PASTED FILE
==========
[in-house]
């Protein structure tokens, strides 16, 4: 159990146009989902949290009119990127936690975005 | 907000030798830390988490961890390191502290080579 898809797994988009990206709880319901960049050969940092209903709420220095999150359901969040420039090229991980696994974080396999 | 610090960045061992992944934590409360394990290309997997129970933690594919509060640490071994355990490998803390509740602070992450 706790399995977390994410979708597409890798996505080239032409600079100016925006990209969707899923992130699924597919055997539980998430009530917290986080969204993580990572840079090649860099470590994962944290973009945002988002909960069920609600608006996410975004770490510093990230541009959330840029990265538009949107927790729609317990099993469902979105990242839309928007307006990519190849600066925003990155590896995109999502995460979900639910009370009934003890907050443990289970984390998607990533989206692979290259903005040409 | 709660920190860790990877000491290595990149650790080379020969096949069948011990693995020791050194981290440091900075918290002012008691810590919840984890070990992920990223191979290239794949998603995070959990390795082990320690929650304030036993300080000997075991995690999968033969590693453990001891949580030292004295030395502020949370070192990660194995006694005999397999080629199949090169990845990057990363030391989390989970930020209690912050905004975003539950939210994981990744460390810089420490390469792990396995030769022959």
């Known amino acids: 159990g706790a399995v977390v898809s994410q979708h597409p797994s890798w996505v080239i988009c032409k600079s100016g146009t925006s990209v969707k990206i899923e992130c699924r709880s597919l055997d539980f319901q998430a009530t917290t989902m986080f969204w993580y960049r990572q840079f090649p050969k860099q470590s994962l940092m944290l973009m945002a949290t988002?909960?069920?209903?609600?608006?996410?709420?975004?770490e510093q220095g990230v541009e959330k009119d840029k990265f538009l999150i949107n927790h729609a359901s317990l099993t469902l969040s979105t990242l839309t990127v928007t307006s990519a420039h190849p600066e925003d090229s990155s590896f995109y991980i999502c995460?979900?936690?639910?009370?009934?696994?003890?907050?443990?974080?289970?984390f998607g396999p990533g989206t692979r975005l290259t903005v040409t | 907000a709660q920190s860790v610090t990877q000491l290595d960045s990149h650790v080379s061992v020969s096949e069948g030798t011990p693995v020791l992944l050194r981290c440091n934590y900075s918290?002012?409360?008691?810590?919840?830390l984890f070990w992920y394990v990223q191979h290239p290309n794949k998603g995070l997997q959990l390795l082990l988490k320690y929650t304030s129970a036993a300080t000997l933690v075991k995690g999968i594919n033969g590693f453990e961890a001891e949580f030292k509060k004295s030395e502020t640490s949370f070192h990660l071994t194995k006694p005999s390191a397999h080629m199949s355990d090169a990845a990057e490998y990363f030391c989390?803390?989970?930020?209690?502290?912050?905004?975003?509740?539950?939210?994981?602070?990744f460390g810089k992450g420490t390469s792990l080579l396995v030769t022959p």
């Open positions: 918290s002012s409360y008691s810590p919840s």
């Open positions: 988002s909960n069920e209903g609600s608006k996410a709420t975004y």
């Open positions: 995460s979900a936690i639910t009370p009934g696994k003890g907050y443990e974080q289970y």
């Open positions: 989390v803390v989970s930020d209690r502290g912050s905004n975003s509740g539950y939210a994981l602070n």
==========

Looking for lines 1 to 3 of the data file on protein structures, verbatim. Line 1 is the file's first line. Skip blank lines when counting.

[in-house]
């Protein structure tokens, strides 16, 4: 159990146009989902949290009119990127936690975005 | 907000030798830390988490961890390191502290080579 898809797994988009990206709880319901960049050969940092209903709420220095999150359901969040420039090229991980696994974080396999 | 610090960045061992992944934590409360394990290309997997129970933690594919509060640490071994355990490998803390509740602070992450 706790399995977390994410979708597409890798996505080239032409600079100016925006990209969707899923992130699924597919055997539980998430009530917290986080969204993580990572840079090649860099470590994962944290973009945002988002909960069920609600608006996410975004770490510093990230541009959330840029990265538009949107927790729609317990099993469902979105990242839309928007307006990519190849600066925003990155590896995109999502995460979900639910009370009934003890907050443990289970984390998607990533989206692979290259903005040409 | 709660920190860790990877000491290595990149650790080379020969096949069948011990693995020791050194981290440091900075918290002012008691810590919840984890070990992920990223191979290239794949998603995070959990390795082990320690929650304030036993300080000997075991995690999968033969590693453990001891949580030292004295030395502020949370070192990660194995006694005999397999080629199949090169990845990057990363030391989390989970930020209690912050905004975003539950939210994981990744460390810089420490390469792990396995030769022959």
């Known amino acids: 159990g706790a399995v977390v898809s994410q979708h597409p797994s890798w996505v080239i988009c032409k600079s100016g146009t925006s990209v969707k990206i899923e992130c699924r709880s597919l055997d539980f319901q998430a009530t917290t989902m986080f969204w993580y960049r990572q840079f090649p050969k860099q470590s994962l940092m944290l973009m945002a949290t988002?909960?069920?209903?609600?608006?996410?709420?975004?770490e510093q220095g990230v541009e959330k009119d840029k990265f538009l999150i949107n927790h729609a359901s317990l099993t469902l969040s979105t990242l839309t990127v928007t307006s990519a420039h190849p600066e925003d090229s990155s590896f995109y991980i999502c995460?979900?936690?639910?009370?009934?696994?003890?907050?443990?974080?289970?984390f998607g396999p990533g989206t692979r975005l290259t903005v040409t | 907000a709660q920190s860790v610090t990877q000491l290595d960045s990149h650790v080379s061992v020969s096949e069948g030798t011990p693995v020791l992944l050194r981290c440091n934590y900075s918290?002012?409360?008691?810590?919840?830390l984890f070990w992920y394990v990223q191979h290239p290309n794949k998603g995070l997997q959990l390795l082990l988490k320690y929650t304030s129970a036993a300080t000997l933690v075991k995690g999968i594919n033969g590693f453990e961890a001891e949580f030292k509060k004295s030395e502020t640490s949370f070192h990660l071994t194995k006694p005999s390191a397999h080629m199949s355990d090169a990845a990057e490998y990363f030391c989390?803390?989970?930020?209690?502290?912050?905004?975003?509740?539950?939210?994981?602070?990744f460390g810089k992450g420490t390469s792990l080579l396995v030769t022959p």